Religious Beliefs. The relationship between the "wild" ( kariari ), and the "tame" or domesticated ( vala ), is fundamental to the worldview of the Tauade. The forest is represented in myth as the antisocial opposite to village life, but it is not merely the destructive alternative to the social order—and it is the source of life and of creativity in general. The Tauade have no beliefs in any kind of god, but their elaborate mythology is concerned with the culture heroes, agotevaun, who are supposed to have inhabited the country and carved out the valleys before the first human emerged from a rock. The agotevaun were preeminently figures belonging to the wild, with superhuman powers which they used to kill and torment humans, but they also instructed humans in Ceremonies, customs, and the making of artifacts. In Tauade myths, women are portrayed as the inventors and sustainers of Culture through fire, cooking, betel nuts, string bags, and the useful arts, while men are portrayed as basically destructive. Each natural species of plant and animal is sustained by a Supernatural prototype, often in the form of a rock, and if this prototype were destroyed the species would die out. The bigmen are thought to partake in some aspects of this power, which emerges in generation after generation to sustain the people. In traditional times, when a big-man died his body was placed in a sacred enclosure, hidden from women, in which a bullroarer was swung. The same enclosure was also used for the initiation of boys, if suitable numbers were ready for it. Seclusion lasted for three or four months; the boys were fed special food to make them tough. They danced inside the enclosure and were beaten with nettles to make them fierce. The cult of the dead was extremely important. Bodies of bigmen were placed in elevated baskets within the hamlets to rot, while the bodies of ordinary people were buried. When decomposition was complete and the bones and skulls were collected, a great feast and dance was organized and the bones of the dead were carried in the dance to honor the ghosts. The bones of big-men were then deposited in the branches of oak trees and those of ordinary people in one of the clan bone caves. The Tauade also believe in a number of spirits, almost all of which are malevolent and which inhabit streams, rocks, trees, and other natural features.
Religious Practitioners. Some men are supposed to be powerful sorcerers, but there is no social category of sorcerer or diviner. Some use is made of magical substances and spells, but the practice of magic is not an important aspect of Tauade life.
Ceremonies. The elements of Tauade ceremonies include: the killing of pigs; the distribution of pork and garden produce, especially yams, taro, and pandanus nuts; speeches; and dancing (when guests from other tribes are invited). Small ceremonies are held within the tribe for various rites of passage, especially at death, but the largest and most important ceremonies are the large pig killings organized by the whole tribe to honor their dead. These rituals are arranged by the big-men, who invite many other tribes (often hostile). Thus there is a strongly agonistic quality in these occasions, as the hosts try to impress their guests by their generosity, the splendor of the dance village and men's house, and the speeches of the big-men (in the native language, "to make a speech" is literally "to boast"). Dancing that lasts all night is a feature of such occasions, as a means by which hosts and guests compete in displays of stamina, and the ceremony concludes with the slaughter of large numbers of pigs. Elaborate platforms are built for the speeches, and the dance villages for these occasions may have more than seventy houses, with a very large and decorated men's house.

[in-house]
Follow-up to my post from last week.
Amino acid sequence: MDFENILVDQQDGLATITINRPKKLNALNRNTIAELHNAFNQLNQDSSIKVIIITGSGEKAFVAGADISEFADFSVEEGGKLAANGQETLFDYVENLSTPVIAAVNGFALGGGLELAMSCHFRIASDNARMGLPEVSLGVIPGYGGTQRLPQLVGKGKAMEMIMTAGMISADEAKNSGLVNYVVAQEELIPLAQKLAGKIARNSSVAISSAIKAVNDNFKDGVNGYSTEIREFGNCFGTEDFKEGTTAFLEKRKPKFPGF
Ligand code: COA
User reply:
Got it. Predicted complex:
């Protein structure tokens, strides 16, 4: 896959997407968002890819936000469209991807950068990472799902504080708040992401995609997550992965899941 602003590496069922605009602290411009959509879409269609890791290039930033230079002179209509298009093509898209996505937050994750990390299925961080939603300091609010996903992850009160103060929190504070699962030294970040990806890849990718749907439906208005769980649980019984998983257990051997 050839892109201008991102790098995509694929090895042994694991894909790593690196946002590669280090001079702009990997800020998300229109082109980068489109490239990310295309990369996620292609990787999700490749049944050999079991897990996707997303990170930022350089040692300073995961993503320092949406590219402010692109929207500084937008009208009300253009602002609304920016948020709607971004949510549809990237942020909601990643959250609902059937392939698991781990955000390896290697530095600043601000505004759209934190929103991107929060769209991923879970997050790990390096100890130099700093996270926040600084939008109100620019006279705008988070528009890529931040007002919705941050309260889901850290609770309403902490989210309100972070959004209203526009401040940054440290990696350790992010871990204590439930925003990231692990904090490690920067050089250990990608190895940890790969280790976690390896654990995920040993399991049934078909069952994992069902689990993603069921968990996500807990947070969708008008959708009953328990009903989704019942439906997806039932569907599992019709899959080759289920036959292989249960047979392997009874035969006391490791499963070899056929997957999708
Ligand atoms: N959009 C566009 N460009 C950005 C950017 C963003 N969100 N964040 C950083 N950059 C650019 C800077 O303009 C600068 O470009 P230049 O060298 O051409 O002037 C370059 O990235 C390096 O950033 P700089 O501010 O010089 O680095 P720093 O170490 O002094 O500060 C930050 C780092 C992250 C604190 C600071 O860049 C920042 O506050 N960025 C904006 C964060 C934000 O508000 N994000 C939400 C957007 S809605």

Arts. The use of feather ornaments in dances is the only significant expression of visual art among the Tauade. Singing is also a prominent feature of dances. They are familiar with a large variety of string figures, which are a very popular form of amusement.
Medicine. Traditionally, plants were used as abortifacients and for the treatment of some diseases, and there were also a number of magical remedies.
Death and Afterlife. Tauade believe that a person consists of flesh, energy or strength, and a soul, which becomes a ghost after death, while flesh rots and energy disappears. The world of the ghosts in some accounts is a reversal of the world of the living. Their food stinks, they sleep in the day and wake up at night, and so on. Ghosts are encountered in dreams but not apparently in waking life. There is no belief that the ghosts of big-men and rubbish men go to different places after death.